The 36-hole golf facility at Barnham Broom lies within 250 acres of lovely Norfolk countryside, between Norwich and Dereham. Apart from the two 18-hole layouts, there are three practice holes and a driving range to help golfers keep their game in shape.
There’s also a 46-bedroom hotel on site – featuring leisure and fitness options, in addition to a pool, sauna and steam room – and this residential development offers all-year round stay and play options for the likes of couples or golf society members on a weekend away.
The Valley course was first to appear here in 1977 and it’s a Frank Pennink design, with several of the holes routed around the flowing waters of the River Yare as it winds its way through the property. Extending to 6,483 yards from the back tees, the course plays to a par of 72.
The Hill course arrived a decade later and it’s a little gentler than its older stablemate. Trees are a little less mature so it’s not as tight off the tee and there are fewer water hazards, though its still measures a not inconsiderable 6,391 yards from the back markers for a par of 71.
Highlight holes on the Valley include the 416-yard 3rd – where the river cuts diagonally across the fairway, around fifty yards short of the putting surface – and the 137-yard 7th, which plays through a narrow chute of trees from an elevated tee position to the green.
On the back nine, the 300-yard 12th is a terrific short par four – doglegging left over water and up to a green that’s benched into a little rise – and the 344-yard 16th offers a great birdie chance late in the round as the fairway falls down and narrows towards the green.
I was surprisingly impressed with the Valley course at Barnham Broom. A very interesting design with plenty of strong holes – with a little extra care and investment into a bunker program then we could see the course get plenty of good opinion from visitors. The county of Norfolk is likely to be headed by the four strong coastal courses for a while but the inland courses at Thetford and Kings Lynn are worthy of a mention and like I say with some TLC, the Valley course could join this group.
The first hole that I like is the 3rd; a 416-yard par-4 – a really strong hole where a big drive is needed – this then sets-up the approach. Here you need to play across the River Yare which crosses at 85 yards out and continues to the left and then behind the hole. This part of the hole reminds me of the outrageous 17th on the Championship course at Carnoustie.
The very next hole is a good-looking par-3 – 190 yards to a thin green with trouble on both sides, stroke index 5 tells the story.
I like the 6th hole too and like the 3rd hole is all about the 2nd shot – need to thread through the smallest part of the fairway – worth favouring the right side as the bank can help bring your ball back on line to the green. Next hole is another decent par-3 – here you are high up and the 137 yards will play shorter than this. I do think that the 8th is a hole that needs attention – the course planner doesn’t tell the full story – In my opinion the five fairway bunkers (group of three and then two) are mis-placed and are not of a decent standard; this could be a good hole but needs some attention currently. The front nine ends on a high, a par-4 under 400 yards with great use of the wetlands on the left about 100 yards from the green.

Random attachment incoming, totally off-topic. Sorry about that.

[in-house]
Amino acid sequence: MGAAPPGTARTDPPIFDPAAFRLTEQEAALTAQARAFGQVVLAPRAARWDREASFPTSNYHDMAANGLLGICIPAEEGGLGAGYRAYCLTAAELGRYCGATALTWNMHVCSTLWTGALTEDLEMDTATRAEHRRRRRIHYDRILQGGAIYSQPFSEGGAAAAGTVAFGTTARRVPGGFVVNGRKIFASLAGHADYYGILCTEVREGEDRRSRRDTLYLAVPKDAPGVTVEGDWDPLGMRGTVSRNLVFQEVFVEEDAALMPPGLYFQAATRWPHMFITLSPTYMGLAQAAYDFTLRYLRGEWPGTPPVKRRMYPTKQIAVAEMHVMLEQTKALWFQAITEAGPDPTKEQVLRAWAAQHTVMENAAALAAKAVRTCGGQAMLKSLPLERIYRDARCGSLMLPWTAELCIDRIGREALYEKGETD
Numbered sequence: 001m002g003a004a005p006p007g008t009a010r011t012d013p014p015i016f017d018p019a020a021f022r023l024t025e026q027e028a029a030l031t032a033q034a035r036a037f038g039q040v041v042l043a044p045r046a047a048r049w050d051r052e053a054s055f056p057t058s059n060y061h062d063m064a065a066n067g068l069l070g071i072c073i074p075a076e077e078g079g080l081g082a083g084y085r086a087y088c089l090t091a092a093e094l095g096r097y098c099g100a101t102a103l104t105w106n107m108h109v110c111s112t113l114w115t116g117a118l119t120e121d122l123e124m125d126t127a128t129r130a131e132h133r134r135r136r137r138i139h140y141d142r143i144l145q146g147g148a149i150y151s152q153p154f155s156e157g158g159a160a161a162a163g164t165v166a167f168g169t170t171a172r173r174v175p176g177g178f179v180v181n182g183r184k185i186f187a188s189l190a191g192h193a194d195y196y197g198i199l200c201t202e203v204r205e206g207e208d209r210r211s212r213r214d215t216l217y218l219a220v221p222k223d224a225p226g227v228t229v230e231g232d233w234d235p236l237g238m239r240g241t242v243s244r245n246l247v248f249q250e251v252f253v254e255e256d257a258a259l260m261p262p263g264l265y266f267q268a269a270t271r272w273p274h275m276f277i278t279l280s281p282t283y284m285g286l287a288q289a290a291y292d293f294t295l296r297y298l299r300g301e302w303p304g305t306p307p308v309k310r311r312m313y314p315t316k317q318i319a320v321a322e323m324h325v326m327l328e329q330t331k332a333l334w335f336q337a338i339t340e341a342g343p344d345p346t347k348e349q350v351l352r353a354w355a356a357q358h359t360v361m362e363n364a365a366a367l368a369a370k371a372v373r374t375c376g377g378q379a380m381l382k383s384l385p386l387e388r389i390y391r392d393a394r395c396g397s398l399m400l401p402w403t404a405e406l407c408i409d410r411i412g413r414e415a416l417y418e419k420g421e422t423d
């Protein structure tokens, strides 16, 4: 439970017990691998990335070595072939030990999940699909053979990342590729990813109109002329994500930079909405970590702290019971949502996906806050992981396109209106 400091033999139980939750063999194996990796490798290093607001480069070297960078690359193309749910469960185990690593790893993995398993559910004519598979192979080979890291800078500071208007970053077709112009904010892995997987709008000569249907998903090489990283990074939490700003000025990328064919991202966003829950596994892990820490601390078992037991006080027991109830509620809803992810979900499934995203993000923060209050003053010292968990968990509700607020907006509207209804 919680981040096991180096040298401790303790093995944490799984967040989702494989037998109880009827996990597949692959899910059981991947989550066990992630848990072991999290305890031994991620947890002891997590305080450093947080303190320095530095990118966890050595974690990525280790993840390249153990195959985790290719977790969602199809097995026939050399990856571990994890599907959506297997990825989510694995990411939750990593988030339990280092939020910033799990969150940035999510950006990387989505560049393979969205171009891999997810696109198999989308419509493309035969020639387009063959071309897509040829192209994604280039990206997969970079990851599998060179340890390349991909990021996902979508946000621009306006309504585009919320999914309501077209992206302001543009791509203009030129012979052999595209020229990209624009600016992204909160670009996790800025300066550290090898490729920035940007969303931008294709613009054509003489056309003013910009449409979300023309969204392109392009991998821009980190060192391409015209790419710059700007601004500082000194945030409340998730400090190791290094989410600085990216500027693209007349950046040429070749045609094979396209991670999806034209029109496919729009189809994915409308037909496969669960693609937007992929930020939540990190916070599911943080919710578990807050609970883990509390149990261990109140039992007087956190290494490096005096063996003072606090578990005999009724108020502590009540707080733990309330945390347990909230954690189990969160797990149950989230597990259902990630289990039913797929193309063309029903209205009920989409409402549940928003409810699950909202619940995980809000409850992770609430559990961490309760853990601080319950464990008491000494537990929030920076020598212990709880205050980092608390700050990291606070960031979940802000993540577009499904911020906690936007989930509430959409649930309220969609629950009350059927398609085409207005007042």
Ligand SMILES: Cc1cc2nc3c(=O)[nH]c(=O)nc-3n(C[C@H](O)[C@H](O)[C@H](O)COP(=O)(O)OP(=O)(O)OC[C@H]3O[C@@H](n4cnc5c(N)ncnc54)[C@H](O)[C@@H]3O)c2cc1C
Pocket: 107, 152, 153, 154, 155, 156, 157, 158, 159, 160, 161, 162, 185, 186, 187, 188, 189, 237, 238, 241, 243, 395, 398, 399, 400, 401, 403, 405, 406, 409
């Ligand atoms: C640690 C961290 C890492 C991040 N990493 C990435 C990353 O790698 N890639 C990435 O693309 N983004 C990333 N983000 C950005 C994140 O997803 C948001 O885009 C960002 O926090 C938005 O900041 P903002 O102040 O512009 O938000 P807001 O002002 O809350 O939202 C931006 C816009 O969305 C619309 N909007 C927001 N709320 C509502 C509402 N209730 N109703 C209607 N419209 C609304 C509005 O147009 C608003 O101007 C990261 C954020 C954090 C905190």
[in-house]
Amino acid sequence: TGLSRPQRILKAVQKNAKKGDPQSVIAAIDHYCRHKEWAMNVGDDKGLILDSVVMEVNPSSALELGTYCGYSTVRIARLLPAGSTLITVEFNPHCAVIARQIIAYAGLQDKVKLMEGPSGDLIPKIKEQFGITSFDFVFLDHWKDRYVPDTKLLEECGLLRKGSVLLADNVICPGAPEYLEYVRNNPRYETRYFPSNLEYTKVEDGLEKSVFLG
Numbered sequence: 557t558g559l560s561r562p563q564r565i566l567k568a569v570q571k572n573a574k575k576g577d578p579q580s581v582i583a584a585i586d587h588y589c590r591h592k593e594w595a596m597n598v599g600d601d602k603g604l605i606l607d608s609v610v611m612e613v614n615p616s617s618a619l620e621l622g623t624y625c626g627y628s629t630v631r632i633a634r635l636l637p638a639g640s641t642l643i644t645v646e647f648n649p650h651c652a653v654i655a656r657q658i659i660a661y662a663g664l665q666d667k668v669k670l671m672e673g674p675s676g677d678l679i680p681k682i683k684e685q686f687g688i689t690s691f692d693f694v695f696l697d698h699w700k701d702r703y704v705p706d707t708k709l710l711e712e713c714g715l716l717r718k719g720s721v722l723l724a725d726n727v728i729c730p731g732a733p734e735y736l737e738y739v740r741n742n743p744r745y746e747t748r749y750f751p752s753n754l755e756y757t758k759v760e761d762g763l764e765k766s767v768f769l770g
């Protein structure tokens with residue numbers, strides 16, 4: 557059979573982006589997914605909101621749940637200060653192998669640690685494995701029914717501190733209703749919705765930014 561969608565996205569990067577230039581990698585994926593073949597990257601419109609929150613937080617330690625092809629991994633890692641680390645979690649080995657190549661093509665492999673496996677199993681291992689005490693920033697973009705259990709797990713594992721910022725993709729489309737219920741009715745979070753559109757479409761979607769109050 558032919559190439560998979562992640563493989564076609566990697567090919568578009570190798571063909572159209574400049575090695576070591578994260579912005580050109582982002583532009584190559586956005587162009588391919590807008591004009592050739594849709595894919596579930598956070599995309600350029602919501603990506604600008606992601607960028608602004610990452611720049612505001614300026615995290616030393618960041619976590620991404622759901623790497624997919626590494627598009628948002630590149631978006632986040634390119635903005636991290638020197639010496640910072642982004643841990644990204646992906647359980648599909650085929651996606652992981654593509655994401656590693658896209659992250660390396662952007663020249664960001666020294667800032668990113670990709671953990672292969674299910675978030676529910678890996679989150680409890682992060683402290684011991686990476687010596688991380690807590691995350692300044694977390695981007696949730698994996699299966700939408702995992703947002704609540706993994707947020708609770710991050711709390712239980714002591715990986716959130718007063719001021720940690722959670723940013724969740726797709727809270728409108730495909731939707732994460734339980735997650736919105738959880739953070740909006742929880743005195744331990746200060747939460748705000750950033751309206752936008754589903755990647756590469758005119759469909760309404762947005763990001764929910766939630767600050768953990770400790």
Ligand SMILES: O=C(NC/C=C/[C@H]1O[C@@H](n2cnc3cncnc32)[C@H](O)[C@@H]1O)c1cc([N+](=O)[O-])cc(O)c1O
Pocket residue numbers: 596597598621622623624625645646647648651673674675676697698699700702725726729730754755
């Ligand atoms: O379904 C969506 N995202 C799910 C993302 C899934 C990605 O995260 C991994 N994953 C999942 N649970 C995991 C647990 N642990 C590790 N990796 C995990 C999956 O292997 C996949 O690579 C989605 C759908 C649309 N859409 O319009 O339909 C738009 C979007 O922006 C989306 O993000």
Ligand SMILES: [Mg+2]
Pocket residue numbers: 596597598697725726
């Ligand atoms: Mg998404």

A short par-4 is a must on golf courses; the Valley’s 12th at 300 yards is a strong one – doglegging left and crossing water at 200 yards offers up more questions than answers – playing to a raised green is great fun too.
The course continues well at the 13th – a short par-5 with a couple of twists and turns to the green ensures that you need at least three good shots to have a chance to score well.
The set of better than average par-3’s on the Valley is obvious – the 15th another of these; this the shortest at 140 yards through a tunnel of trees is probably the best looking.
The Valley course ends on an ok note – a par-4 of modest length (350 yards) but lacks any drama – the hole turns slightly to the right but does not offer too much of a challenge – I would be thinking of defining the left side, where the resort apartments are situated, these need to be blocked out a little – not to spoil the view from these properties but to help with the look from the tee. I would also consider new bunkering on the dog-leg at staggered lengths.
A positive visit to play the Valley at Barnham Broom and there is obvious potential to upgrade parts of the course and to be part of a county Top 10 is certainly achievable.